An Illustration from the Wild.
In October 2006 I sat in a tree stand well over a mile from my truck. The weather was unseasonably warm. As the afternoon drew on to evening, I watched a dark cloud forming over the river bottom just beyond my stand location. It was hard to tell which way the cloud was going because it seemed like it just continued to build over my head.
Before I could get my climbing stand back to the ground safely, thirty mile-per-hour winds, and 40 mph gusts were breaking dead tree limbs all around me and my tree was violently whipping from side to side. A giant corn field not far away, that was so peaceful moments before, looked like angry waves twisting and writhing from the barrage.
Hail began to fall, crashing off my bow and clanging as it hit the platform of my stand. Lightning struck the field not far from me, and I knew I had no choice but to climb down as quickly as I could. I faced the tree and bent down to put on the foot straps that allowed me to control the lower platform of my stand. As I stood back up to start the climb down, I felt a sharp pain rip across the bridge of my nose. A baseball bat-sized tree limb had broken out of the tree top above me and hit me in the face. My eyes watered. I touched my nose. Blood soaked the fingers of my glove and dripped to the forest floor. The level of urgency continued to rise.
When my feet finally touched the ground, I took a moment to look at the sky. The tree tops swirled, and I watched a funnel cloud forming less than a mile to my south. I found a small wash-out to take cover in. I braced myself for the worst, but within moments, peace overtook the river bottom again.
The violence of that day in the woods was something I’ll never forget. It has caused me to be extra cautious about weather conditions when I hunt, especially if I’m hunting alone. It helped me appreciate peace when I’m in the field.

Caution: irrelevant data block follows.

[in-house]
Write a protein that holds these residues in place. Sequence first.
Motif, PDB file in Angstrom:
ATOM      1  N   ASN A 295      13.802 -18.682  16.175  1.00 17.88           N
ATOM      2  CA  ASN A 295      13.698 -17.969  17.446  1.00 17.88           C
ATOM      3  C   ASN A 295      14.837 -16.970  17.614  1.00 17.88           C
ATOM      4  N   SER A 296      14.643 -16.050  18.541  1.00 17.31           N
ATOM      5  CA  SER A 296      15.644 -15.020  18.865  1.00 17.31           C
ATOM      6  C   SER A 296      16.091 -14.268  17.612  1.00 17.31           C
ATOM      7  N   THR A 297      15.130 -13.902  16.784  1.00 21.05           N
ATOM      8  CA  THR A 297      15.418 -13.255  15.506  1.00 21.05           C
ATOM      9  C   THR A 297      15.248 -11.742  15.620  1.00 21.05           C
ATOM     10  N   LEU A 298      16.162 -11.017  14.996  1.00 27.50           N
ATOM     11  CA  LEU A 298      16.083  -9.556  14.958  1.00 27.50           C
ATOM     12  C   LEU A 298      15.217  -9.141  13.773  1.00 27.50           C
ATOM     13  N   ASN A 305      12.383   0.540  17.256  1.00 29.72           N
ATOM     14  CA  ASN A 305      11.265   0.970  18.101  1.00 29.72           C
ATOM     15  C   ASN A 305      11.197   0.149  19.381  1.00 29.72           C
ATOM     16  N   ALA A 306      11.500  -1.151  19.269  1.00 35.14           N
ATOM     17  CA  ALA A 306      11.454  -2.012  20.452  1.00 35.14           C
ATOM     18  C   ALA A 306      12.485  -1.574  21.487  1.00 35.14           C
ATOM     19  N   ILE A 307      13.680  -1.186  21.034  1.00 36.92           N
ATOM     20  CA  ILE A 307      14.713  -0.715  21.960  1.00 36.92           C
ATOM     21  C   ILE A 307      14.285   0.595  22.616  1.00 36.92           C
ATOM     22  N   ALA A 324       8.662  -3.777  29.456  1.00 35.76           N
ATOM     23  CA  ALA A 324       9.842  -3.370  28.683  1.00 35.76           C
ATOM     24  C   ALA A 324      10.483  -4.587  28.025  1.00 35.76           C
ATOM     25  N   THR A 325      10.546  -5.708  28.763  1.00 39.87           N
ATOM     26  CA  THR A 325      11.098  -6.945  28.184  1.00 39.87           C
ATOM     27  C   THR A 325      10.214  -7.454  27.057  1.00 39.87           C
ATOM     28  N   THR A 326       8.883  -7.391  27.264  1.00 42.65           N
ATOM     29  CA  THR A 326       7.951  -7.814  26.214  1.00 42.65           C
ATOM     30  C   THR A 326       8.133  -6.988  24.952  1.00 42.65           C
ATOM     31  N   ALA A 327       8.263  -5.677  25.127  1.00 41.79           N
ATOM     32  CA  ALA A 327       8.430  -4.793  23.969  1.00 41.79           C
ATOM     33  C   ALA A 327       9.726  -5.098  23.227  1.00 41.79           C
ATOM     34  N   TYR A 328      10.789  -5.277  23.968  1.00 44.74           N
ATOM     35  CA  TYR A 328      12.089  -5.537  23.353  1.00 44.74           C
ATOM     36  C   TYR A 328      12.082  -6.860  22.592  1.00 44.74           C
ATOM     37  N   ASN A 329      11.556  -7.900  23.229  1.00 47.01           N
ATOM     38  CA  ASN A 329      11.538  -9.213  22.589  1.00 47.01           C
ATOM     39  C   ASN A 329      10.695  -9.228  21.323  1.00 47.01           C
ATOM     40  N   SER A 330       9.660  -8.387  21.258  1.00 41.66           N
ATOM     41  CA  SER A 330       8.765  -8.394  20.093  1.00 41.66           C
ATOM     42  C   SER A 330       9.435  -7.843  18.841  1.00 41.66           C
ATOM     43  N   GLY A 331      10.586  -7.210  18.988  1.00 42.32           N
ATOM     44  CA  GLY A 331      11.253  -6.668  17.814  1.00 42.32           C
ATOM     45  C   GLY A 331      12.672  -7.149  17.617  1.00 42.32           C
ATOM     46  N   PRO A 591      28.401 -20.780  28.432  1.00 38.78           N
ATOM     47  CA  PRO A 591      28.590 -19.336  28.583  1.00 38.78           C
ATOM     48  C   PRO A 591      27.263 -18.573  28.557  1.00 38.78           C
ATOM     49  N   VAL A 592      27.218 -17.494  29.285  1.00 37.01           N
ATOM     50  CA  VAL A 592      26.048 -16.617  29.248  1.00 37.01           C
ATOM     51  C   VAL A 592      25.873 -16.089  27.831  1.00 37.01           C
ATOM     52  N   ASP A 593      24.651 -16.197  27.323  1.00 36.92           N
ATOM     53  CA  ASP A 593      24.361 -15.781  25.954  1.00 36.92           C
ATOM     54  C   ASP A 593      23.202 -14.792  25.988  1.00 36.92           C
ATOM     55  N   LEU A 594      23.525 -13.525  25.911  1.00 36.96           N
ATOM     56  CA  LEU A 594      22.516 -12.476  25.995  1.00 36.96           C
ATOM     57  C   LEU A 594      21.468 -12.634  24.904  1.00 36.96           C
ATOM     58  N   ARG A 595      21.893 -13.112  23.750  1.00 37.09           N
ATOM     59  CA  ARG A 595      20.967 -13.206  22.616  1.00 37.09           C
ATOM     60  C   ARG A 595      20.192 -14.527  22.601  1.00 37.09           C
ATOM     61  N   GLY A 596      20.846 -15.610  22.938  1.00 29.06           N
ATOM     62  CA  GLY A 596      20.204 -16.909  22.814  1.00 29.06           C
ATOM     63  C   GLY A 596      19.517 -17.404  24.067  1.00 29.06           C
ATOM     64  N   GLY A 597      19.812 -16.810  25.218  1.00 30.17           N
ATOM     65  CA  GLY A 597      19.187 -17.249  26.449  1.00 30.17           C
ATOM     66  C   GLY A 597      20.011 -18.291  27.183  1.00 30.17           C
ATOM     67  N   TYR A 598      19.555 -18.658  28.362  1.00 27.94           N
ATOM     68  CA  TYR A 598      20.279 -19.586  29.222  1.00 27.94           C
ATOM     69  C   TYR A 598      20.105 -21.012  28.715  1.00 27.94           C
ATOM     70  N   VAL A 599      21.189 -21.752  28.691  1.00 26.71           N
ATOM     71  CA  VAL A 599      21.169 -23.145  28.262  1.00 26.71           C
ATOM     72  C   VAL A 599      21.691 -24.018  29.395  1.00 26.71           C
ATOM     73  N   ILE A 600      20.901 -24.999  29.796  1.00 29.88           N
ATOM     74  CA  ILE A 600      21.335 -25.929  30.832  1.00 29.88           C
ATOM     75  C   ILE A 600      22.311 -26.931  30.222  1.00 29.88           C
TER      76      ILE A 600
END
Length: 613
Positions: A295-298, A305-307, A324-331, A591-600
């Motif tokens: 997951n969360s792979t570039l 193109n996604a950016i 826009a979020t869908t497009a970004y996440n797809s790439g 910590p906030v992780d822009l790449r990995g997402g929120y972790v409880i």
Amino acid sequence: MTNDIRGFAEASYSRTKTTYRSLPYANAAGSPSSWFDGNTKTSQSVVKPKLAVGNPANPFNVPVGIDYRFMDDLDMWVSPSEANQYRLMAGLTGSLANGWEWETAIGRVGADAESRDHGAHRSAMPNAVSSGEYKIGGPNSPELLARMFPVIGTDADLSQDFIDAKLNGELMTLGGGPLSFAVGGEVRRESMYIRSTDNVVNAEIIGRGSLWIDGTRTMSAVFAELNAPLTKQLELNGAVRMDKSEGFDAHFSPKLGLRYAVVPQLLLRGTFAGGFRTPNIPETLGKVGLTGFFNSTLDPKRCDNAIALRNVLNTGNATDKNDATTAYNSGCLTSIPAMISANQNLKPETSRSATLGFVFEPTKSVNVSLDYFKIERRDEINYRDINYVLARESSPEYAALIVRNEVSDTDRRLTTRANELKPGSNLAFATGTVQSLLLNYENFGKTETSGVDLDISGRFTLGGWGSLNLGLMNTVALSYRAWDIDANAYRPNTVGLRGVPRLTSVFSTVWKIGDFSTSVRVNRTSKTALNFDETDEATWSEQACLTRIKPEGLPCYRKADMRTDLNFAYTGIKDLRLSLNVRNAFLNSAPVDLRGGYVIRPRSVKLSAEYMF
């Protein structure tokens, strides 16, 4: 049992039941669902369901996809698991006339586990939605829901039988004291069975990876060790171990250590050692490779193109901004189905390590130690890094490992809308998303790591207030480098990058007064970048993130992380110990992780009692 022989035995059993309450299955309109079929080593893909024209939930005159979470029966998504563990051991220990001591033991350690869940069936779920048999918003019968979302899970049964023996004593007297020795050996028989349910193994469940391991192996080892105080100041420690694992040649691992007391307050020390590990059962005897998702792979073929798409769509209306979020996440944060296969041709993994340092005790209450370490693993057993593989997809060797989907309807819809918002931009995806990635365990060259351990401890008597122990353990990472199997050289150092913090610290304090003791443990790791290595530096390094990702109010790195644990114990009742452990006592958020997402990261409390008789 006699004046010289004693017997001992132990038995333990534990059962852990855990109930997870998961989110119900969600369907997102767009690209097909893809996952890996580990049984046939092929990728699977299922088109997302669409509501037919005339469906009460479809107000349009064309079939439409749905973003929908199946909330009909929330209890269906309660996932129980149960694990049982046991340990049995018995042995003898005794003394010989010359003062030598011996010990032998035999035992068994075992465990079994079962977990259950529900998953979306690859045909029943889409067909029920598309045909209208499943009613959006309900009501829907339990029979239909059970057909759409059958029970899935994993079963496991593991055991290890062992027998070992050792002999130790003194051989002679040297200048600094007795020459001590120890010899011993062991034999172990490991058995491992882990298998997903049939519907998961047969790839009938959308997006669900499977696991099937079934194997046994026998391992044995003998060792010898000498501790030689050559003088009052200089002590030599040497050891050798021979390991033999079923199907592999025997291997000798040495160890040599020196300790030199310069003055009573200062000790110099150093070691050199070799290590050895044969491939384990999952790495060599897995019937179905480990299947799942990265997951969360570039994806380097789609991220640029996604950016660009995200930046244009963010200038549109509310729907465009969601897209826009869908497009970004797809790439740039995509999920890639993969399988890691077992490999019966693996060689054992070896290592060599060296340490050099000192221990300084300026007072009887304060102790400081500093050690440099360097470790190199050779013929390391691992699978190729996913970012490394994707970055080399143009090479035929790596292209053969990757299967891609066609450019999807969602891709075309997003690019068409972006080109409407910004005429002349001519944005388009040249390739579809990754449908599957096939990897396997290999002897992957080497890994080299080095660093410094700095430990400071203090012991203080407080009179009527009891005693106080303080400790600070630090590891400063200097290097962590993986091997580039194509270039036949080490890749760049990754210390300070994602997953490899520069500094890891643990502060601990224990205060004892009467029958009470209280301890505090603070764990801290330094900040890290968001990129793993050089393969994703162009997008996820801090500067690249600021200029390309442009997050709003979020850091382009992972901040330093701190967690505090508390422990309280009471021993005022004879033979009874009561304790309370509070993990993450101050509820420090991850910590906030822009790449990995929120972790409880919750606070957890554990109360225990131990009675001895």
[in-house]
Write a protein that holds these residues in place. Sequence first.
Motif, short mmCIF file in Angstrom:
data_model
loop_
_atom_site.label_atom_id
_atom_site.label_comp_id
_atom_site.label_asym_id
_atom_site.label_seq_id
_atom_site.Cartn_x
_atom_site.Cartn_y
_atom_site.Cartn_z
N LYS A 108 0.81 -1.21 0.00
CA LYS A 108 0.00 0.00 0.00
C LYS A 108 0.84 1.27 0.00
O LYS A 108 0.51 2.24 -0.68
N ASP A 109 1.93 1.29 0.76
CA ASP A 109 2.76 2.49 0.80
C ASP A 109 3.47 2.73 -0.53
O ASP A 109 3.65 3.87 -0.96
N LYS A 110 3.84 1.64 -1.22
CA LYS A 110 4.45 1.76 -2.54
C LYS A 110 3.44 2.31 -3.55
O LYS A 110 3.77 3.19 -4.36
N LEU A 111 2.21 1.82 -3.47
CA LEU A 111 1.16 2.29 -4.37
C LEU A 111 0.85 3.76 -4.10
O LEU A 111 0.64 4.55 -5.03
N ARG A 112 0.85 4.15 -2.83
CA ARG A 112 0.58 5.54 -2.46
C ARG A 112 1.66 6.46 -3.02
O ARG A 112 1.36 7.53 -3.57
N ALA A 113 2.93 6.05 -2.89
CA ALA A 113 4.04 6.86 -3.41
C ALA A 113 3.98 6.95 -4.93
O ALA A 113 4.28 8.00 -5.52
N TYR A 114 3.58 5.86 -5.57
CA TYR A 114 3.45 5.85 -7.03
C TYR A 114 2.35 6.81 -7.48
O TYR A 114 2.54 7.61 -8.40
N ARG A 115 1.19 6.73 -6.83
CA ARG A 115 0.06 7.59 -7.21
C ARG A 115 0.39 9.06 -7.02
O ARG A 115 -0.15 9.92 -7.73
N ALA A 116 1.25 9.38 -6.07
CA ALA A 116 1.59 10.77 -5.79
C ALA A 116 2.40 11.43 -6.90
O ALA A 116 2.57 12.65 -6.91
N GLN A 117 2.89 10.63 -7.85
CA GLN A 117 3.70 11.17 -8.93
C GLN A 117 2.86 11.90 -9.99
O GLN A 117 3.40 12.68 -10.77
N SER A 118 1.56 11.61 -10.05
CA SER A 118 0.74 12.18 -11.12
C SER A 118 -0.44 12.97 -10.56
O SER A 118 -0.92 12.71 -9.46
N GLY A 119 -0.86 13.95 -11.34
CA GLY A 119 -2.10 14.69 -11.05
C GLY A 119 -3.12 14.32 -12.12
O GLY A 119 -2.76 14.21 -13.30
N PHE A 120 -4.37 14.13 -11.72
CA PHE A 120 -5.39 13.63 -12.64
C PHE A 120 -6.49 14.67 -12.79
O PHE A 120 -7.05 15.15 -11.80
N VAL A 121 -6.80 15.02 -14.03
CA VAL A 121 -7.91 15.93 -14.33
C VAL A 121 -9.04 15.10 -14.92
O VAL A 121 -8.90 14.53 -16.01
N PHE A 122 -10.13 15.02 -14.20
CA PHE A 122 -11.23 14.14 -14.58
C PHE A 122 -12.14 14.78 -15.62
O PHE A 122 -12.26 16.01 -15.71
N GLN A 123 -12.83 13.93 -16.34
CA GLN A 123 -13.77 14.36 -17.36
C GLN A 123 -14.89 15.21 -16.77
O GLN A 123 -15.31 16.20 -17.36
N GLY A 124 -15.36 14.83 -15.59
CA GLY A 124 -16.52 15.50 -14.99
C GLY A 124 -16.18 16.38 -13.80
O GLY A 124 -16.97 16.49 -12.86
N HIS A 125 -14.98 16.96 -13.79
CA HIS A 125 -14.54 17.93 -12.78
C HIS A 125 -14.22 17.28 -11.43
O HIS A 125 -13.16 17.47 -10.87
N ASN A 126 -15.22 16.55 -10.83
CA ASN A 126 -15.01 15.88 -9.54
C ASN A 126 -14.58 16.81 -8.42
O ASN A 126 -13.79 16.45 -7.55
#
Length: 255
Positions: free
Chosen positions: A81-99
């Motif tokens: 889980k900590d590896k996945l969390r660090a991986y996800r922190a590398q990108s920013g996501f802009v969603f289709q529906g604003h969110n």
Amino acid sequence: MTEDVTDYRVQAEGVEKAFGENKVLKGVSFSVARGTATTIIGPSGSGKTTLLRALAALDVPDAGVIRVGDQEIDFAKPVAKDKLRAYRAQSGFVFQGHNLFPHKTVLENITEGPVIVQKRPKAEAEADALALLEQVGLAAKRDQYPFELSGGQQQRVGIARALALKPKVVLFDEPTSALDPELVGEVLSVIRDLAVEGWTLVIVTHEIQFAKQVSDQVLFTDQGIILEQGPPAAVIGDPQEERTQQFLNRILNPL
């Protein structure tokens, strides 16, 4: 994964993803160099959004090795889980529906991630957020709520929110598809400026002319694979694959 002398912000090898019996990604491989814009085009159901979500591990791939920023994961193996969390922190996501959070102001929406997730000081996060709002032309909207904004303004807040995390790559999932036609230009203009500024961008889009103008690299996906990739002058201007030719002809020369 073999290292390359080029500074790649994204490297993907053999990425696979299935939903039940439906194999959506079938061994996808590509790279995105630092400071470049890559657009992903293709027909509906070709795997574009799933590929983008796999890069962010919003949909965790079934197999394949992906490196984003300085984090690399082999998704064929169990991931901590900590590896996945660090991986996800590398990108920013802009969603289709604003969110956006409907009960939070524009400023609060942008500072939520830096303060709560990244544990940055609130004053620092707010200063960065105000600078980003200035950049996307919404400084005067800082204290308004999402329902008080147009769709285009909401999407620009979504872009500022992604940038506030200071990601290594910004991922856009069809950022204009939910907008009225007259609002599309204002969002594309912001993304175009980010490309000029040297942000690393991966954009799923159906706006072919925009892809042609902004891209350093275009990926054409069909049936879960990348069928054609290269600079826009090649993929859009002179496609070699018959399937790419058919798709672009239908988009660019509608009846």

The Temporal Understanding of Peace.
I think most of us would say we appreciate peace. We think of moments in scripture when Jesus simply spoke and creation bowed to his command. Waves calmed, the demon possessed and infirm were suddenly brought comfort. But do we truly understand its value? Some might say yes, and that it’s worth fighting for. It’s paradoxical, but I would agree.
Unfortunately however, we are much more familiar with maleficence. Some have called it part of the “human experience”. We’re used to seeing the sick and dying and being able to do very little for them. We’re accustomed to the spiritual conflict that takes place even inside ourselves. We grasp for our own resources and answers and, once again, find little solace. Then, tomorrow we wake up, and do it all again. Our very concept of peace is fragile and fleeting.
Jesus, The Greatest Mediator.
Jesus, the Prince of Peace, was given to us to provide more than the short-lived experience of an individual moment. I knew the storm I was in while I was hunting would end. I knew where to go, and how to do my best to survive. What I had no idea how to survive was the war I had declared against God as a result of my sin.
No matter how violent our experience in life is, it does not compare to the coming wrath of God toward sin. No matter how peaceful our experience in life, it does not compare to the peace that Jesus, the greatest mediator, provides through his sacrifice and resurrection.
We should adore the narrative of Luke as he describes the calmness of the night Christ was born. We should crave the peace of solitude and the joy it contains. More than this, we should worship because of the eternal peace with God that Jesus has provided us.
“For to us a child is born, to us a son is given; and the government shall be upon his shoulder, and his name shall be called Wonderful Counselor, Mighty God, Everlasting Father, Prince of Peace.” Isaiah 9:6